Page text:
Looking for the source of a significant transmission fluid leak, I discovered that a section of hard line had been abused by the exhaust pipe and probably broke; it had been replaced with a poorly-clamped section of flexible tubing which probably wasn't even safe for transmission fluid. I purchased some flare nut fittings, and installed a piece of flare tubing on the hard line. Eventually I intend to replace it in its entirety; it is not a particularly long section, and runs from the transmission to the cooler. Sadly, it also runs next to the positive terminal on the starter, so I wrapped it liberally with conduit. Some fluid is still leaking from the transmission, probably from the front seal, which is a bit of a job.
Sometime around this point, I discovered that my driver's-side frame horn was bent. I ended up having it fixed at a local body shop called "CARS"; they did the job quite promptly, and mounted the new bumper I had acquired from a yard (while also picking up a far nicer and almost color-coordinated tailgate.)
The next part to fail was the alternator. Ford's second-generation ("2G") alternator provides extremely poor output at low RPM, and that is indeed what was installed into these trucks. A 95 amp alternator seems like a lot for a pickup, but this one has power windows and locks, and more importantly it has the job of starting a 7.3 liter diesel engine. This one has a fairly new Nippon-Denso gear reduction starter, but it also has eight hungry glow plugs that together draw battery voltages well down. It seemed that a diode pack in the original alternator was failing, with my meter reading (as best as I could tell of the extremely cheap device) over 30 mV of alternating current coming from the alternator. In fact, from the generally poor ability to charge, it was likely that one diode in the pack had failed entirely and the alternator was missing a phase. I replaced it with a 130 amp unit sourced from a 3.8 liter Taurus or similar; beginning in 1994 the 3.8 liter has the 130 amp 3G to accomodate various options in that line like an electrically heated windshield, all-power-adjustable/heated seats, and the like. These vehicles have an alternator that will bolt in, although some wiring work is necessary. I used a 4GA hot lead to eliminate noise (nothing kills like overkill) and an AMG fuse block sourced from eBay for battery protection. Installed next to the starter solenoid, it prevents alternator or alternator supply line shorts from grounding out the pair of deep cycle batteries under the hood of this monster.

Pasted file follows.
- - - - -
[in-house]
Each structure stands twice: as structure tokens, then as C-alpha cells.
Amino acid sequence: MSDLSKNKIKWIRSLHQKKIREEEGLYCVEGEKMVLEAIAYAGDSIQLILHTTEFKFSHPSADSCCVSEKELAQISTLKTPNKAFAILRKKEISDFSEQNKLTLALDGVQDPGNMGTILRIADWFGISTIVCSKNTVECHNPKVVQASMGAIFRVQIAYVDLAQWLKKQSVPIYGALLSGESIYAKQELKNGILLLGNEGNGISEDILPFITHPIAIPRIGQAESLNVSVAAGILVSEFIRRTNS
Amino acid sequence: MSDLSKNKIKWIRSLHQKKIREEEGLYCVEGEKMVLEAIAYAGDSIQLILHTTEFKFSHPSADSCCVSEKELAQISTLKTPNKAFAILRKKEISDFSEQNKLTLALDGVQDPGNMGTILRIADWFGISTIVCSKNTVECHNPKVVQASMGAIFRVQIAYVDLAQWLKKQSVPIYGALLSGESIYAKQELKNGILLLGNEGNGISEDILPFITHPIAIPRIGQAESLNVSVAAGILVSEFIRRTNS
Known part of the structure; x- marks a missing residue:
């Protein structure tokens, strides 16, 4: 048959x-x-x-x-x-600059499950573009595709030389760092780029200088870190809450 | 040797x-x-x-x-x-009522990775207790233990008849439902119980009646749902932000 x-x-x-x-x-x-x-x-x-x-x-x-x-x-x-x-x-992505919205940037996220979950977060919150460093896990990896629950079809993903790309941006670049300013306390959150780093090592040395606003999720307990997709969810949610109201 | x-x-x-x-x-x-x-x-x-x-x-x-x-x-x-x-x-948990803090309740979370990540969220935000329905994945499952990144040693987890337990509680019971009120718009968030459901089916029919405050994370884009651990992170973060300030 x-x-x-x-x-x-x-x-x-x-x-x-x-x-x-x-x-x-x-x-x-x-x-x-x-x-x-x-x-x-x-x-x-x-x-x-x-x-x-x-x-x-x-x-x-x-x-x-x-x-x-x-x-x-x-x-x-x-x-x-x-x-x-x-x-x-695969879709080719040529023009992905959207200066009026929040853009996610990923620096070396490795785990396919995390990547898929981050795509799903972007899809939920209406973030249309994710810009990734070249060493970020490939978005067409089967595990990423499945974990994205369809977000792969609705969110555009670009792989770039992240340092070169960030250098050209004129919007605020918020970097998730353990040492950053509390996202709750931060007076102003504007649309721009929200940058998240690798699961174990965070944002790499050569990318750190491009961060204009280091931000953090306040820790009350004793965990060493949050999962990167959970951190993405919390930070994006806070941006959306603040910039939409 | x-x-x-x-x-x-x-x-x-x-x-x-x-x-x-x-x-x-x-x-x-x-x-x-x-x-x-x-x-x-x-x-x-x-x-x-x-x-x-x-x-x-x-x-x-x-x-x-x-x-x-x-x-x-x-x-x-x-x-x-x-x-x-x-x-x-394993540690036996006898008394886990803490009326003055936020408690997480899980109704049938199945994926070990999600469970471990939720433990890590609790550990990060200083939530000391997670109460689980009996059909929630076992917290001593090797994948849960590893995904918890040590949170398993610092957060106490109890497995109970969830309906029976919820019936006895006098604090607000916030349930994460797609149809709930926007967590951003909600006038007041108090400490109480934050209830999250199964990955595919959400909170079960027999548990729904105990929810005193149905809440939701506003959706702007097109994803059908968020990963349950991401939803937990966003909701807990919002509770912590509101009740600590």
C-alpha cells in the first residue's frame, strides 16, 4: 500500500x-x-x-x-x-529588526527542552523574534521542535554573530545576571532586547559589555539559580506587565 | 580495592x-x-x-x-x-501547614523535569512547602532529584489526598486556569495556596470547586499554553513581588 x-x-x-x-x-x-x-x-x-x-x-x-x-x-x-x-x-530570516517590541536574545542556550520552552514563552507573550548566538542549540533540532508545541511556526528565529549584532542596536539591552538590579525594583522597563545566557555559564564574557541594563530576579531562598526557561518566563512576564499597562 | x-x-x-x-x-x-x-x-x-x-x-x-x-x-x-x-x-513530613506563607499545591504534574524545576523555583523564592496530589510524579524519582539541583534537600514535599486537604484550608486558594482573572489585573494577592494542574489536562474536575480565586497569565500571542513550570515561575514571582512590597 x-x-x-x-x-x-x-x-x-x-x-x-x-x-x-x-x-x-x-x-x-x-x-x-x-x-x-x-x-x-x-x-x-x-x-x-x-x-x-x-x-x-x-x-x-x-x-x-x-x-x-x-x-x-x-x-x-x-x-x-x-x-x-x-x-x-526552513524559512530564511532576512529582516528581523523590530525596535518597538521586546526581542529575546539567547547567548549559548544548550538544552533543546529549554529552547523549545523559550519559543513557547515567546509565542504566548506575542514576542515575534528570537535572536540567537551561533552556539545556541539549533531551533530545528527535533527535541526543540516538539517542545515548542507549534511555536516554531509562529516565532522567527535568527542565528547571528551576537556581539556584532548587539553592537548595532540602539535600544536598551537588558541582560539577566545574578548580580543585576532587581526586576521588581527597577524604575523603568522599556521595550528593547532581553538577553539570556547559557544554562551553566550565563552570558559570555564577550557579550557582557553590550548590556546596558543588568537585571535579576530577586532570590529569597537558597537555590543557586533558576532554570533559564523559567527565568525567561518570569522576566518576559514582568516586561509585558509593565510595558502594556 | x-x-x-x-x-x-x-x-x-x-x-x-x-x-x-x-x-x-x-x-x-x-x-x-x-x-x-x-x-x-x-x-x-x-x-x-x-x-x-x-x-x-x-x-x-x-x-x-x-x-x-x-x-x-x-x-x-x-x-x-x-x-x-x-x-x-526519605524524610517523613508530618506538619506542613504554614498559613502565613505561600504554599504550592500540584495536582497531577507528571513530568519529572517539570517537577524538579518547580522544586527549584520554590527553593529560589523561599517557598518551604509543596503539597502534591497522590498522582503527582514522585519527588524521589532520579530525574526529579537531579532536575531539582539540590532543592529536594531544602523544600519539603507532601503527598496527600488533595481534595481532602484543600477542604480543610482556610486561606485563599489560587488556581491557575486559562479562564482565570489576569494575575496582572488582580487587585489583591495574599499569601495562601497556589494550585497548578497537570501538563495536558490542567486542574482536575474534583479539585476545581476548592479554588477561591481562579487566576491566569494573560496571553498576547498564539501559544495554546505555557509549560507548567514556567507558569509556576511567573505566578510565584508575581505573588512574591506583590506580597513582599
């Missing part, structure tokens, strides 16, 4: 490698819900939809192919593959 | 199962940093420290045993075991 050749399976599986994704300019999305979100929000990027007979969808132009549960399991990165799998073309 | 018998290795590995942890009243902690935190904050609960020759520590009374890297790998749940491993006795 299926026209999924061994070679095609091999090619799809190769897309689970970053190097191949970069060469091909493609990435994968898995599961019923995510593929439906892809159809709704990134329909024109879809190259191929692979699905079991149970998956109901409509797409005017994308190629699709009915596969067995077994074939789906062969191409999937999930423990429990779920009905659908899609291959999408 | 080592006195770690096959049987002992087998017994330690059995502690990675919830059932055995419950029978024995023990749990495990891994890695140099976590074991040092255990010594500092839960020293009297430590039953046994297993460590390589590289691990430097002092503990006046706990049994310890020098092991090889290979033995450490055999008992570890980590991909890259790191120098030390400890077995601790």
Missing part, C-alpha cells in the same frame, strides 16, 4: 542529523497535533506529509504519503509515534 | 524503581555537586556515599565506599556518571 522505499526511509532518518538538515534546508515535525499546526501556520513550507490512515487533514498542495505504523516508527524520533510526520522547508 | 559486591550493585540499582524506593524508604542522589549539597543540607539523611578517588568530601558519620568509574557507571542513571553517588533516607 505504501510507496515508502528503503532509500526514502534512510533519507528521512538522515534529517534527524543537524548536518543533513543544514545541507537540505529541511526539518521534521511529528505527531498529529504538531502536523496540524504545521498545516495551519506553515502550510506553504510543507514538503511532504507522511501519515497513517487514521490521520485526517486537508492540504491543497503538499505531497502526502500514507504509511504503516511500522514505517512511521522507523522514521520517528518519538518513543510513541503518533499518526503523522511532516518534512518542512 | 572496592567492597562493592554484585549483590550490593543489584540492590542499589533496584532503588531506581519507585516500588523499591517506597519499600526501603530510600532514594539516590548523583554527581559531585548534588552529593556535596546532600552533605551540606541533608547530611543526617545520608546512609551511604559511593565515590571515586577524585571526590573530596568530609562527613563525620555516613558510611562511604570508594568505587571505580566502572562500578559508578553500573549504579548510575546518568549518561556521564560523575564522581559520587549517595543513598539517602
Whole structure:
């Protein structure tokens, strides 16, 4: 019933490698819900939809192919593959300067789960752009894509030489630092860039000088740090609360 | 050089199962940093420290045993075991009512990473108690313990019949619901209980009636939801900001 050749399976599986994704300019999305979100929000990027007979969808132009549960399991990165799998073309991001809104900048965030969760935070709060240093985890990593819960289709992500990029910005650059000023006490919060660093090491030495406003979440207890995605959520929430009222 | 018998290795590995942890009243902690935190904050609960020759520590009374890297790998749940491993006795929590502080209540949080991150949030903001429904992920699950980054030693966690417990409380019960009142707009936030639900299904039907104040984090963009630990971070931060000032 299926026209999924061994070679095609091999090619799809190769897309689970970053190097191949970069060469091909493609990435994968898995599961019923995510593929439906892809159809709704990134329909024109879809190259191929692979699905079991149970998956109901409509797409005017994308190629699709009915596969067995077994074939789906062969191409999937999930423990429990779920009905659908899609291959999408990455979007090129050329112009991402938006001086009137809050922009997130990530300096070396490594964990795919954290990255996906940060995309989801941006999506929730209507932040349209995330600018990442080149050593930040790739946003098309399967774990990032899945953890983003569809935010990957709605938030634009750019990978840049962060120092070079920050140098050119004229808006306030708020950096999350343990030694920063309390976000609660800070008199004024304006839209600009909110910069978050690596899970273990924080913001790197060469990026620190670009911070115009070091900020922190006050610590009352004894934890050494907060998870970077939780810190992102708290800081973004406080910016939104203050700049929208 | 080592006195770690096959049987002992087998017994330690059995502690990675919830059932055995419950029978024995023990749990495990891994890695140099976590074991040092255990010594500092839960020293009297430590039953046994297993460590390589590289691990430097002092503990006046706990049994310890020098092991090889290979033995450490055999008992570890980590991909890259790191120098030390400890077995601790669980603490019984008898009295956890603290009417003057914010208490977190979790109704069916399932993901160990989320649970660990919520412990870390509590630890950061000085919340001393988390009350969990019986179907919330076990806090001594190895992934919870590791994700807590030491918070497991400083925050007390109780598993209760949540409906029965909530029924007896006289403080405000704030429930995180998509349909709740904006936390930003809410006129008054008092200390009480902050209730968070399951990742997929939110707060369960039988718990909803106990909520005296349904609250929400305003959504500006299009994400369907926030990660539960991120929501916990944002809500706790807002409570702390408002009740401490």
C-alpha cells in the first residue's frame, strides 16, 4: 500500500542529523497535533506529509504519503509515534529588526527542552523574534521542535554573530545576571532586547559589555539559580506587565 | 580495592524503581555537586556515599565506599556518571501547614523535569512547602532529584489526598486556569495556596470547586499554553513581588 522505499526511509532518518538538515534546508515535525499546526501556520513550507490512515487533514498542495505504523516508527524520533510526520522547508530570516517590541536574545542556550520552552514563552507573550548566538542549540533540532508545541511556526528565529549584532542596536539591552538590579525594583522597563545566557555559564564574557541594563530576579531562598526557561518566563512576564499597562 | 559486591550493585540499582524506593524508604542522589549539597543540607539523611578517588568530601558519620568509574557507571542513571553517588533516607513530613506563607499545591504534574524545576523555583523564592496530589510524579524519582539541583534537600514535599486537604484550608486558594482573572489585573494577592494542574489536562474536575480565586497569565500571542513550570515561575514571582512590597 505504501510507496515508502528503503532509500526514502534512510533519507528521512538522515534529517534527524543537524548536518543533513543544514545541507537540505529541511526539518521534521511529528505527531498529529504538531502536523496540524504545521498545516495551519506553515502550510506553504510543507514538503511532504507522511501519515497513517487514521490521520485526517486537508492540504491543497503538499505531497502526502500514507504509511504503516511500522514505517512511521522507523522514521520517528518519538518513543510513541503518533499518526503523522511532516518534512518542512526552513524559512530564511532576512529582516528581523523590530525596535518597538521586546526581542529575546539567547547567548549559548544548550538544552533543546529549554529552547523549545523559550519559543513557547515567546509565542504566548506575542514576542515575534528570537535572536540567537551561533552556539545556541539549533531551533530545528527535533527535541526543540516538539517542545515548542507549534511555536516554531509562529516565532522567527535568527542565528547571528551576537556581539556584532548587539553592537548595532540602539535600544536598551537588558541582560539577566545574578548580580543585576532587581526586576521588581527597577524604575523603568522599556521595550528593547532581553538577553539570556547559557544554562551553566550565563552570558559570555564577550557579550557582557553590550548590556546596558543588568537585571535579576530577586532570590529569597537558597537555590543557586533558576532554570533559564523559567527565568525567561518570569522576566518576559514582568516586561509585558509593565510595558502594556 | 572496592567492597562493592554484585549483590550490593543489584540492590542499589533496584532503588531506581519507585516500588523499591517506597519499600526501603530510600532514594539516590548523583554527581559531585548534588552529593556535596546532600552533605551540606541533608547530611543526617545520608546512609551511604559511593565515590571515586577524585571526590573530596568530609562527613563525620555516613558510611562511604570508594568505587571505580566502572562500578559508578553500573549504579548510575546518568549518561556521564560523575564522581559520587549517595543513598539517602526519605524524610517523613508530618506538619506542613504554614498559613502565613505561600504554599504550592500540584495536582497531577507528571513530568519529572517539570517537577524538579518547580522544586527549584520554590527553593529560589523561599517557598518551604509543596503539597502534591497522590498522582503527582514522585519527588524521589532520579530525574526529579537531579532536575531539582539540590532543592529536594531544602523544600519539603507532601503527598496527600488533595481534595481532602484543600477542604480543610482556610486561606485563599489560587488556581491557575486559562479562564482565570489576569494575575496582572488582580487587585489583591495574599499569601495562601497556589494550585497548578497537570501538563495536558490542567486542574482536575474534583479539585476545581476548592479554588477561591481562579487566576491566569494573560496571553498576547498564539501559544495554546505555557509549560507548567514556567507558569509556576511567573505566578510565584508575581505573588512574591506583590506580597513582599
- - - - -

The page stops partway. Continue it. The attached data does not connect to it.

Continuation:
A few significant and insignificant problems remain. Everything in the interior rattles, and replacement of tons of plastic and metal spring clips is imminent. The transmission front seal and hard line are probably going to necessitate a trip to a transmission shop; I lack a transmission jack, especially one tall enough to reach up into a lifted 3/4 ton pickup, and for that matter the shop floor to roll it around on. I need to replace or repair the controllers for the windshield wiper, cruise control, and the blower fan (which only works on high, a common problem when the PWM fan control circuit fails.) The trailer hitch receiver needs to be drilled out to accept modern, short hitches. And the headlights are filled with condensation because they are cracked and yellowed, meaning they must be replaced as well. Having seen the over-$8,000 prices on trucks similar to the condition to which this one will be when that work is done, however, I can't help but feel that I got a hell of a deal.
Update, Fri Mar 19 08:00:42 PDT 2010
I got back home to find out that my radiator had failed, so along with the replacement (which came from a luckily handy parts truck, and which was a replacement part itself) I installed a coolant filter which hangs on a small custom bracket near the fuel filter.